Kate Murray-Browne, author of The Upstairs Room shares her recommendations for the supernatural stories worth reading.
Susan Hill’s classic is in some ways the opposite. The horror is almost baroque: a woman with a wasted face, a house separated from the town by a causeway, a rocking chair with a mind of its own – and a ghost with genuinely evil intent. But Hill elevates these tropes to much more than the sum of their parts and the subtle touches are equally brilliant: the eerie names (Eel Marsh House, Crythin Gifford, Jennet Humfrye) and the ever-so-slightly-off toys in the nursery (‘a monkey made of leather and a cat and four kittens knitted from wool, a furry bear and a bald doll with a china head and a sailor suit’).
Shirley Jackson’s deeply unsettling novella starts with a trip to buy groceries – and the darkness in the mundane and domestic (from Merricat’s strange ritualistic objects to the arsenic in the sugar bowl) continues throughout the novel. Jackson perfectly captures the very specific fear embodied by ordinary things and uses levity and comedy to devastating effect.
I first read this novel on holiday, in possibly the least frightening setting of all time – a time-share apartment in Mallorca. It was the exact opposite of Hundreds Hall, the ancestral home slowly killing its inhabitants, and yet I still remember lying awake at night thinking about the moving shaving glass. Here, the possibility that the psyches of the inhabitants are actually causing the strange events, rather than inventing them, is entertained, along with more rational and more ghostly explanations – and Waters keeps them all in play perfectly until the very end.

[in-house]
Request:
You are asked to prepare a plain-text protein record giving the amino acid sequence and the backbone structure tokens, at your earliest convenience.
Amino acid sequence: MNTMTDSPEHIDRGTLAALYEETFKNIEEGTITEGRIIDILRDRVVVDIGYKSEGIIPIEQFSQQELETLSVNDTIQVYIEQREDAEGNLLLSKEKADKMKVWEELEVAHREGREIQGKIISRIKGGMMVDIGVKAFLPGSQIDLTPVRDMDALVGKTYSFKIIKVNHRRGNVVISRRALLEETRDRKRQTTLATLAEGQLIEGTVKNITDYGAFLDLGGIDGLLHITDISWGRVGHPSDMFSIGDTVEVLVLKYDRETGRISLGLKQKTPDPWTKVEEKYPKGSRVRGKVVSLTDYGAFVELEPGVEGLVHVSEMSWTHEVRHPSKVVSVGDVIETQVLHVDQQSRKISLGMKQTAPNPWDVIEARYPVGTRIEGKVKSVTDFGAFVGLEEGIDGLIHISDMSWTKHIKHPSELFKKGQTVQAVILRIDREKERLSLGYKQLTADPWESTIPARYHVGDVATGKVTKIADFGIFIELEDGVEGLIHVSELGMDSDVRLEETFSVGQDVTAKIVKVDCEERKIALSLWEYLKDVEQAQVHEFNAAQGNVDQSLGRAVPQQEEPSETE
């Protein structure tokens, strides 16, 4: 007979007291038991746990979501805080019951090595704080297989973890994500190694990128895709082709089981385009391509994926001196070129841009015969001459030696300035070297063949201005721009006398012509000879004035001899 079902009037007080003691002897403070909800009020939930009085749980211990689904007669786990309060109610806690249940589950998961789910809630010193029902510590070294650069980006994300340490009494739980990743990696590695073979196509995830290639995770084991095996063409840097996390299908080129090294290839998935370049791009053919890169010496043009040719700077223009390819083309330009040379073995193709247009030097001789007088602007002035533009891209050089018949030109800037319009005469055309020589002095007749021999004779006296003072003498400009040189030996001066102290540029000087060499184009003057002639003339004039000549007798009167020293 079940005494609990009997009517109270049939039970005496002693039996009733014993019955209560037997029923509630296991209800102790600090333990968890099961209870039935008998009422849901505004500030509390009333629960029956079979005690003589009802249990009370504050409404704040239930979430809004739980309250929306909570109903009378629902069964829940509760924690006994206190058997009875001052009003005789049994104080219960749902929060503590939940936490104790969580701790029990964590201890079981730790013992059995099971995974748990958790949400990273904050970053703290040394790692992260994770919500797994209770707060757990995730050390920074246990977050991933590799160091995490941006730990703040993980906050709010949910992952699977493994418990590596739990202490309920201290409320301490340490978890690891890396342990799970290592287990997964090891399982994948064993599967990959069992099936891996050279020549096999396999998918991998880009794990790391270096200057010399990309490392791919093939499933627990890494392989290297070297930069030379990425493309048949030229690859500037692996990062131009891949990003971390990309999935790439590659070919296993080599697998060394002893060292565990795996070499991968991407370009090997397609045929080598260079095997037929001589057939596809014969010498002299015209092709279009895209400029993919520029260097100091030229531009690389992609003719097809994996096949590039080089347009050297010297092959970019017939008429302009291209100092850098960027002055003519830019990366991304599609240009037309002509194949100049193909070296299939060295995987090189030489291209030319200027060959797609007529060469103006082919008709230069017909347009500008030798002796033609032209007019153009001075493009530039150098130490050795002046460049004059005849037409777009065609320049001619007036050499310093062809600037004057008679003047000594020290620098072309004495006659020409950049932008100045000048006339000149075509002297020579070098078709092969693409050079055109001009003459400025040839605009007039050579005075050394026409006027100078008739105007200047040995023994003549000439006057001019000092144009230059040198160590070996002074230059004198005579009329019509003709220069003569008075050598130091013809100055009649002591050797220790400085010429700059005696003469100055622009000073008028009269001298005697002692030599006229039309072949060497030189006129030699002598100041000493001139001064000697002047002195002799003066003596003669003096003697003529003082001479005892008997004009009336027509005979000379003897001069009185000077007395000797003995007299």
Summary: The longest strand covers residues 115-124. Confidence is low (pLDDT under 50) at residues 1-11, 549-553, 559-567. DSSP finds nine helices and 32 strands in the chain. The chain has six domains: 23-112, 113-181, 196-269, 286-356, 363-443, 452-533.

The hint of the supernatural in Tana French’s detective series is so artfully woven in, the two genres come to feel like a perfect fit. The crime scene in Broken Harbour – a suburban house on an unfinished estate outside Dublin – has an atmosphere as oppressive as any haunted house, the peculiar noises in the attic are just as chilling and what French leaves unexplained is as disturbing as the grisliest post-mortem.
I read this many years ago in an attic room in Cambridge, and the memory of just one image (Miss Jessel sitting in the governess’s chair) frightened me more than the children in peril. It now strikes me as very Jamesian to invoke such terror with the subtlest infringement (is this the most benign, civilised thing a ghost could do?) It was also the first unreliable narrator I’d encountered in a ghost story. Hilary Mantel argues that all ghost stories need a ‘blunt literalist’ to provide ‘the voice of scepticism’, but a narrator with questionable sanity can be useful too: were the ghosts real or was she (it is often a ‘she’) going mad?
This question is perhaps least ambiguous in ‘The Yellow Wallpaper’ – the narrator tells us she is suffering from ‘nervous troubles’ right from the start – but in a sense it doesn’t really matter. The wallpaper, ‘a smouldering, unclean yellow’, and the malevolent shapes it harbours (‘the pattern lolls like a broken neck and two bulbous eyes stare at you upside down’) aren’t any less frightening for being the product of someone’s disturbed mental state.
These supernatural reads were chosen by Kate Murray-Browne. Kate's debut novel The Upstairs Room, is available in paperback and ebook now.
If you're a fan of the atmospheric writing of Sarah Waters, Susan Hill and Shirley Jackson, The Upstairs Room is the book you should be reading this Halloween.